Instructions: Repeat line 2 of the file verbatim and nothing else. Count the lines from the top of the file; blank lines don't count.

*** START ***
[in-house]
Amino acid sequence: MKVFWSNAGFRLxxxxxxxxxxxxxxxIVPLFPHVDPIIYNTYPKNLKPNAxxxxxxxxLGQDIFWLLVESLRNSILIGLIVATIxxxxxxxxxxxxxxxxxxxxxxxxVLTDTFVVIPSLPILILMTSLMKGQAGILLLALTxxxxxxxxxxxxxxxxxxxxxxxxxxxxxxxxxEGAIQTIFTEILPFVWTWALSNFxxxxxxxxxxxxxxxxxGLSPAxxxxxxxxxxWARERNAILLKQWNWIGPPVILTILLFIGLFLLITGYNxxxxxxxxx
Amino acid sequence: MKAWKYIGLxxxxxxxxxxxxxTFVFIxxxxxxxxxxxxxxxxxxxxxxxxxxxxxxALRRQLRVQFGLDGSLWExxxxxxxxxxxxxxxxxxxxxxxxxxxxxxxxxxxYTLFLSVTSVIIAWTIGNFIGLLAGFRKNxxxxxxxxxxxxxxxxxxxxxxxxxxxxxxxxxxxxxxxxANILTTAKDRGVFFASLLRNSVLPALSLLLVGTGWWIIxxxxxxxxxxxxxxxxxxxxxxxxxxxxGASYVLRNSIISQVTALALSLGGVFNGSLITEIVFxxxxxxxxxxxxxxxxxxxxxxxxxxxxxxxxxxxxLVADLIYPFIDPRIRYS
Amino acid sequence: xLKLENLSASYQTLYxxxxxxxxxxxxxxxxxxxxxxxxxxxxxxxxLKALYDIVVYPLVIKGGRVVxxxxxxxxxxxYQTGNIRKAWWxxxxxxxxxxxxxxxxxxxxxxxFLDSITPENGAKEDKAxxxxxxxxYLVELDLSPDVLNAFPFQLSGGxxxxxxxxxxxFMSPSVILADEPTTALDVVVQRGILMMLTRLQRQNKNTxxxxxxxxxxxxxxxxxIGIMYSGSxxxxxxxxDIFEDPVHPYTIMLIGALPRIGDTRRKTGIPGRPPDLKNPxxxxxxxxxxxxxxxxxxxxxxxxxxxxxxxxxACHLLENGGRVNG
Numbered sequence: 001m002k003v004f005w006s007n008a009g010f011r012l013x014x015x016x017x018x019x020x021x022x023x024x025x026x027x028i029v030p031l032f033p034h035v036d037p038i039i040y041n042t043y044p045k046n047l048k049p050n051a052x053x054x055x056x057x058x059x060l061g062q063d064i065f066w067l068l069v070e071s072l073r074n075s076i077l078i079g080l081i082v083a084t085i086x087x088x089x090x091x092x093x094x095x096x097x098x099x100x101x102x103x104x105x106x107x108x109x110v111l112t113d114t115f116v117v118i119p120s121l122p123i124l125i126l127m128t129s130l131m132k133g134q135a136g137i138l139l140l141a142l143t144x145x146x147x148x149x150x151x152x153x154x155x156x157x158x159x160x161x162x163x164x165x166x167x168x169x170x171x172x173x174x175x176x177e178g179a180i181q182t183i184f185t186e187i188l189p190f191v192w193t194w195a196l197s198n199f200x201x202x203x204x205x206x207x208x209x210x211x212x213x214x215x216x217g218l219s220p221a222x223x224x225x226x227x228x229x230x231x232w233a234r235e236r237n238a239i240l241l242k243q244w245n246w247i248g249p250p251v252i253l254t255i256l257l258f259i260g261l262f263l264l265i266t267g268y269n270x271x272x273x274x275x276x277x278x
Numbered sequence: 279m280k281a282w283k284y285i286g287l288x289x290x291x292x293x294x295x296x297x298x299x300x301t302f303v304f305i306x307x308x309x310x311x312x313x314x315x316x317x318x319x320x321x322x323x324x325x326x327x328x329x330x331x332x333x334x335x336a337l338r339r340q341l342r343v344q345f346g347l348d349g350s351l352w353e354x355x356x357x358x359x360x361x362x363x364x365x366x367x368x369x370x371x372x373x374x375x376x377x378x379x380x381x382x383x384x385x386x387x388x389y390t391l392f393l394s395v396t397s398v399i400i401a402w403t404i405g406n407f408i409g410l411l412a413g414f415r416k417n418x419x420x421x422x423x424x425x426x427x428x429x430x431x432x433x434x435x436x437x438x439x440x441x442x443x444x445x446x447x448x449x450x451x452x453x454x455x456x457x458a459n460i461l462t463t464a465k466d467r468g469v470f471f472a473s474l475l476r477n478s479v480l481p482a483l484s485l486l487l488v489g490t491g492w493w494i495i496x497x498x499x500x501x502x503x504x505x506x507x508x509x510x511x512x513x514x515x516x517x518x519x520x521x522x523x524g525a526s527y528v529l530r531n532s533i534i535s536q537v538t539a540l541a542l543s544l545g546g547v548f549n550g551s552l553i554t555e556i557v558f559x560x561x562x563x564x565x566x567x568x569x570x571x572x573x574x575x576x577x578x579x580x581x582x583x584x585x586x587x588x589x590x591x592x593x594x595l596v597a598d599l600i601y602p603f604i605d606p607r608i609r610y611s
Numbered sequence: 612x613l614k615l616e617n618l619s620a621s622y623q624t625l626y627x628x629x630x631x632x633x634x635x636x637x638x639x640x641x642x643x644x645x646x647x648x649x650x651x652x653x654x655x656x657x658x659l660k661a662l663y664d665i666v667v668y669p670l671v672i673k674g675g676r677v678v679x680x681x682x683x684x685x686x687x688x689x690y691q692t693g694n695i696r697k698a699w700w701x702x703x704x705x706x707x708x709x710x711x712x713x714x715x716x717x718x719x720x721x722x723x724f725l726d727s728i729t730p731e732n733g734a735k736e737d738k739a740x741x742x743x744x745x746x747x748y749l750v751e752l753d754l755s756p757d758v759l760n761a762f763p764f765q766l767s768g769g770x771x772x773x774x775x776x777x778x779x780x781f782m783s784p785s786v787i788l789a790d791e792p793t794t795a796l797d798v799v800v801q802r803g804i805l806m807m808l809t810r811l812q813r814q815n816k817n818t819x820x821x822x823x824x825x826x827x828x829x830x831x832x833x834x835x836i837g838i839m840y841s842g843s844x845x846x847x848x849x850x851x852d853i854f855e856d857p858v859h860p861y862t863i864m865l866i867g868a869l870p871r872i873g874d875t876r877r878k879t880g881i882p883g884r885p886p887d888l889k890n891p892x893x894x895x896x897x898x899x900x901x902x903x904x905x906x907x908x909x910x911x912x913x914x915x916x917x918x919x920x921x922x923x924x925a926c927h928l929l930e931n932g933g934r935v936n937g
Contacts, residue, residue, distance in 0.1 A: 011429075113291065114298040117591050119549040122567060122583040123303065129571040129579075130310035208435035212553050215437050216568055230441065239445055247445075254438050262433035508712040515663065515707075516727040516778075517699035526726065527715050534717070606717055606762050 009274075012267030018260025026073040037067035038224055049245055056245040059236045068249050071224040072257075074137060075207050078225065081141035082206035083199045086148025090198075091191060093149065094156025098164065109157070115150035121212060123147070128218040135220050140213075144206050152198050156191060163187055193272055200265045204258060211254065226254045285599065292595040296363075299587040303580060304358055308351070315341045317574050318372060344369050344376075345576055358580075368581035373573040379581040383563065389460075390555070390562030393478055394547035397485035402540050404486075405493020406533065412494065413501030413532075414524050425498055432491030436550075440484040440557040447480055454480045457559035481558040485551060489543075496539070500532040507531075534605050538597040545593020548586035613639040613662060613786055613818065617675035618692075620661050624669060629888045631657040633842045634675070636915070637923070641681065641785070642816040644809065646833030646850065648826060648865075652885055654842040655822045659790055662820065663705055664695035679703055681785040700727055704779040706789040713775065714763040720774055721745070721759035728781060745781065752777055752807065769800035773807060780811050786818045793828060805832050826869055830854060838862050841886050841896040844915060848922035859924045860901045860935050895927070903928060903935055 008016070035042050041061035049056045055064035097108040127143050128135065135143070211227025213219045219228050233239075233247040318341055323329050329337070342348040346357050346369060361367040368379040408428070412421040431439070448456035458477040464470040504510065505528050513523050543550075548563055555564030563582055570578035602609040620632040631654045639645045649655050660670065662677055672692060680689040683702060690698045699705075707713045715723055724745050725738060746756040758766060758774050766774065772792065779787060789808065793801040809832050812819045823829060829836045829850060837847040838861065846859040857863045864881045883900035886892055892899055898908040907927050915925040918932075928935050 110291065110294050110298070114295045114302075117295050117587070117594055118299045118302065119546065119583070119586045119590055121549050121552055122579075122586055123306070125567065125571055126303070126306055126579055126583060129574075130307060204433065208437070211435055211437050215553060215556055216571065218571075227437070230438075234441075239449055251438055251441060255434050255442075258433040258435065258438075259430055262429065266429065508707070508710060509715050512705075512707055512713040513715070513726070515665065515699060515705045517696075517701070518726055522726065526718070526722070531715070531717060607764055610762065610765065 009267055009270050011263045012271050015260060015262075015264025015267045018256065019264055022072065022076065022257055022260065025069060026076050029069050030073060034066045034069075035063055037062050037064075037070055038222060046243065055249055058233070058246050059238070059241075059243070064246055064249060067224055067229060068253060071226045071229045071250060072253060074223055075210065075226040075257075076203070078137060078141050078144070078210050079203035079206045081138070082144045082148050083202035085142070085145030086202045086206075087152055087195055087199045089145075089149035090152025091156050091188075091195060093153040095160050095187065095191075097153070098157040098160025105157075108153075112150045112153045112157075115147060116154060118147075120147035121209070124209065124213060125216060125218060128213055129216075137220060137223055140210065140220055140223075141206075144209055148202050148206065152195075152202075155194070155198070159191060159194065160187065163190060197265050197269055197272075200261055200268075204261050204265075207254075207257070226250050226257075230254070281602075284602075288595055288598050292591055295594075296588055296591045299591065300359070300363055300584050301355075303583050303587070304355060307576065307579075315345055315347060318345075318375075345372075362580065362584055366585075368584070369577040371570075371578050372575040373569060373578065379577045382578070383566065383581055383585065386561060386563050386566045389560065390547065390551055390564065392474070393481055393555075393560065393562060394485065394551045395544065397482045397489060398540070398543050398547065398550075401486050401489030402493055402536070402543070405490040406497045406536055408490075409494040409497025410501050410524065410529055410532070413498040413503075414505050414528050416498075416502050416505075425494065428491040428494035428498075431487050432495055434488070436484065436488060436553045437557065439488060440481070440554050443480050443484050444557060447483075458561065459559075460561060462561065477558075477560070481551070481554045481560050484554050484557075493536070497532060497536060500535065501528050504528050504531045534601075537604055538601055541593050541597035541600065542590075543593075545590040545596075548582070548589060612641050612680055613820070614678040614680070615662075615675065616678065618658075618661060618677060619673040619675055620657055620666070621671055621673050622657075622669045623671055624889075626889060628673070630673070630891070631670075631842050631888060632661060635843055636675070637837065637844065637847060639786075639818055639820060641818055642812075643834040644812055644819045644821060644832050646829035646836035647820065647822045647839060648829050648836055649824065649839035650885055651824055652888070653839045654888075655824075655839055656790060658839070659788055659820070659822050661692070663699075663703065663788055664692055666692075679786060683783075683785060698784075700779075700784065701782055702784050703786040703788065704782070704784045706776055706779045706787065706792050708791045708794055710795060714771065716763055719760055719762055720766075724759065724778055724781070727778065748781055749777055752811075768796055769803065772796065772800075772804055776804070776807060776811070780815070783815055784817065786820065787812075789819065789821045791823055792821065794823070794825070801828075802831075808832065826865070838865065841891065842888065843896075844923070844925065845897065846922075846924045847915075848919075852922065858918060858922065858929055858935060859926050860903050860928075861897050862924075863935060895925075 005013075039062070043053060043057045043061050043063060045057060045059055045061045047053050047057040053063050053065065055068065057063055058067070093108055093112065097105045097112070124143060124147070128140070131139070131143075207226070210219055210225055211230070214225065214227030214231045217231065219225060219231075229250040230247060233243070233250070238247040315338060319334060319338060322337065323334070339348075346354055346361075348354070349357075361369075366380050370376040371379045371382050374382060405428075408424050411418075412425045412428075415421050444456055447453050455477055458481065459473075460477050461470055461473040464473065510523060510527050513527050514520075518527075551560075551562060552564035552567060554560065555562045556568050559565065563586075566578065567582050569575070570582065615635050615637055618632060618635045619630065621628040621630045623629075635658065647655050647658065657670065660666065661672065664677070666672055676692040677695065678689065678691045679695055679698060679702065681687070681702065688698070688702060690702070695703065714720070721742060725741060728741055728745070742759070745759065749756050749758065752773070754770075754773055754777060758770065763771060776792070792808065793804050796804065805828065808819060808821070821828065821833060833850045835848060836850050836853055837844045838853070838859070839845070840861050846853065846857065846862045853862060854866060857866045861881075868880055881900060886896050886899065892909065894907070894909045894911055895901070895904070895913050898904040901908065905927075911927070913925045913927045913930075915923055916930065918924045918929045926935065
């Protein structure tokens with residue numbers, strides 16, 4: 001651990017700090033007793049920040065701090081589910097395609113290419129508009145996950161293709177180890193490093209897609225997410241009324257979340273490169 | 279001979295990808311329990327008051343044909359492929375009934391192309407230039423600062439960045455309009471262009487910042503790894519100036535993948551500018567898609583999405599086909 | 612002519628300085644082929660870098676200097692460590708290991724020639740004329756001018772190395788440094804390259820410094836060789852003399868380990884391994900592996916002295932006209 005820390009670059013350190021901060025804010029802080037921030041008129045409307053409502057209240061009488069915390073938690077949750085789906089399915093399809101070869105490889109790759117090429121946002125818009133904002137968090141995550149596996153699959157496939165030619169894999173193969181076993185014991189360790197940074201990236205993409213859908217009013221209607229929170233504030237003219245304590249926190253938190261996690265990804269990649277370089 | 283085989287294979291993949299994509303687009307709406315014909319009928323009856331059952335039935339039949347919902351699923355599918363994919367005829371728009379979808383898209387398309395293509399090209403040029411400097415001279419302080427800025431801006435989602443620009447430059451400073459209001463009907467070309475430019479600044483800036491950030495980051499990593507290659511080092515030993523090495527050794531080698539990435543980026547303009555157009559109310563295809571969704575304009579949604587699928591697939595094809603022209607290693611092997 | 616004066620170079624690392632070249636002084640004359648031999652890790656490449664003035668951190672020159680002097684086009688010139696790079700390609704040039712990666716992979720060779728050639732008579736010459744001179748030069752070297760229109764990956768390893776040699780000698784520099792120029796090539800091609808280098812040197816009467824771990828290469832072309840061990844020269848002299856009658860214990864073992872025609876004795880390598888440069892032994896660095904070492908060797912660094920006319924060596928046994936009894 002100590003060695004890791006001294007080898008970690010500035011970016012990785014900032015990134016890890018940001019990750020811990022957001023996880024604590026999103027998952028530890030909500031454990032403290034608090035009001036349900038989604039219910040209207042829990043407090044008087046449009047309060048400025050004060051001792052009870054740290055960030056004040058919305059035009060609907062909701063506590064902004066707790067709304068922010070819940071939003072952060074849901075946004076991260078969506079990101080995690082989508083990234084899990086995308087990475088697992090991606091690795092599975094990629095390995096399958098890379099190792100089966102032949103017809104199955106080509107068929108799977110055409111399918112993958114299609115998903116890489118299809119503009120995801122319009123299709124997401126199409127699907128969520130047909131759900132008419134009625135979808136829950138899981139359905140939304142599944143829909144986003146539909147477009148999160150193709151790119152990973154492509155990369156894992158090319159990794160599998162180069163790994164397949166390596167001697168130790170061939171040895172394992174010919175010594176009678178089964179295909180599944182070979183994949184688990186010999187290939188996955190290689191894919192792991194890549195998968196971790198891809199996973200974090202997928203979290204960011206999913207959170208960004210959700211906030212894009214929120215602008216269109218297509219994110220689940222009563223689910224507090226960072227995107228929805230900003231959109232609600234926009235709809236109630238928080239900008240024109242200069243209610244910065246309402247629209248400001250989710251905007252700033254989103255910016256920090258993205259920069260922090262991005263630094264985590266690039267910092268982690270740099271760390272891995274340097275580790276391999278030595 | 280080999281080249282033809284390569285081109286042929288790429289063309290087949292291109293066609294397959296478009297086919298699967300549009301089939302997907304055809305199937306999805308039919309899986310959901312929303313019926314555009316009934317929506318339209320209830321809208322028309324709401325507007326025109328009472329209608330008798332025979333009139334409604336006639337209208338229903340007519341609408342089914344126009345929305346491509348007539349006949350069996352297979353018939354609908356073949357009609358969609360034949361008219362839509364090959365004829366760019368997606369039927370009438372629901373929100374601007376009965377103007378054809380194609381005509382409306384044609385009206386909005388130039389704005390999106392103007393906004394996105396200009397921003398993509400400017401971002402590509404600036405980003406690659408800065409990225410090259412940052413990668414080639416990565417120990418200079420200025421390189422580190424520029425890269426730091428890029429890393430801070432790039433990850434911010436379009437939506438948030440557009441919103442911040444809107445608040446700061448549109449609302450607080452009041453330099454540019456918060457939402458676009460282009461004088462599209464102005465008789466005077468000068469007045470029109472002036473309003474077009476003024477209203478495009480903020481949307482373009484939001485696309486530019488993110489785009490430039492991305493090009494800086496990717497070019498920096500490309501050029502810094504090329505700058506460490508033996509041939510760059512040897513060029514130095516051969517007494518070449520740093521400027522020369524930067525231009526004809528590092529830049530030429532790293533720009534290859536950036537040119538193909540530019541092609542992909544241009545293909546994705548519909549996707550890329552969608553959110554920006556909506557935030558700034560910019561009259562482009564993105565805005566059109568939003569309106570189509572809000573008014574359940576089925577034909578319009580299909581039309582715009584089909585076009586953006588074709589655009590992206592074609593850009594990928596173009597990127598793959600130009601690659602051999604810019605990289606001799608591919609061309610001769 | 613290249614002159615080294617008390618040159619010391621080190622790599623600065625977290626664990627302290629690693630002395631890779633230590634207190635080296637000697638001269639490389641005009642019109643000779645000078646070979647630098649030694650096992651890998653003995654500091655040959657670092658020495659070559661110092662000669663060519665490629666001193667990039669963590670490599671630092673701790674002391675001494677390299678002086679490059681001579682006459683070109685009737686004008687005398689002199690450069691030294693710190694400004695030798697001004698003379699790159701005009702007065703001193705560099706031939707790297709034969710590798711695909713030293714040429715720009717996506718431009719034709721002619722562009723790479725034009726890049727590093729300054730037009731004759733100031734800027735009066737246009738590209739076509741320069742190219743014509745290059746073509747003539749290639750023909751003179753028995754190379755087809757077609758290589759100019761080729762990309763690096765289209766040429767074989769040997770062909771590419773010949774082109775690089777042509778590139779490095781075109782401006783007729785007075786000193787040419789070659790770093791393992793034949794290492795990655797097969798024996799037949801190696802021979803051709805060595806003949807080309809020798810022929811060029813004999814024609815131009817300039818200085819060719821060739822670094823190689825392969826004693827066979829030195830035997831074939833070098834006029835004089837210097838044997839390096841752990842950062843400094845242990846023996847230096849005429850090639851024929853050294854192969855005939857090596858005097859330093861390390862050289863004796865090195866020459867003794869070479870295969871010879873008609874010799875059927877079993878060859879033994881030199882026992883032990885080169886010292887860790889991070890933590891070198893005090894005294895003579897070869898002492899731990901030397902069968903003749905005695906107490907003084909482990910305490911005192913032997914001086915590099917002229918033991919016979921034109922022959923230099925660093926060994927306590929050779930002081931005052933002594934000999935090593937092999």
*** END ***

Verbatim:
Amino acid sequence: MKVFWSNAGFRLxxxxxxxxxxxxxxxIVPLFPHVDPIIYNTYPKNLKPNAxxxxxxxxLGQDIFWLLVESLRNSILIGLIVATIxxxxxxxxxxxxxxxxxxxxxxxxVLTDTFVVIPSLPILILMTSLMKGQAGILLLALTxxxxxxxxxxxxxxxxxxxxxxxxxxxxxxxxxEGAIQTIFTEILPFVWTWALSNFxxxxxxxxxxxxxxxxxGLSPAxxxxxxxxxxWARERNAILLKQWNWIGPPVILTILLFIGLFLLITGYNxxxxxxxxx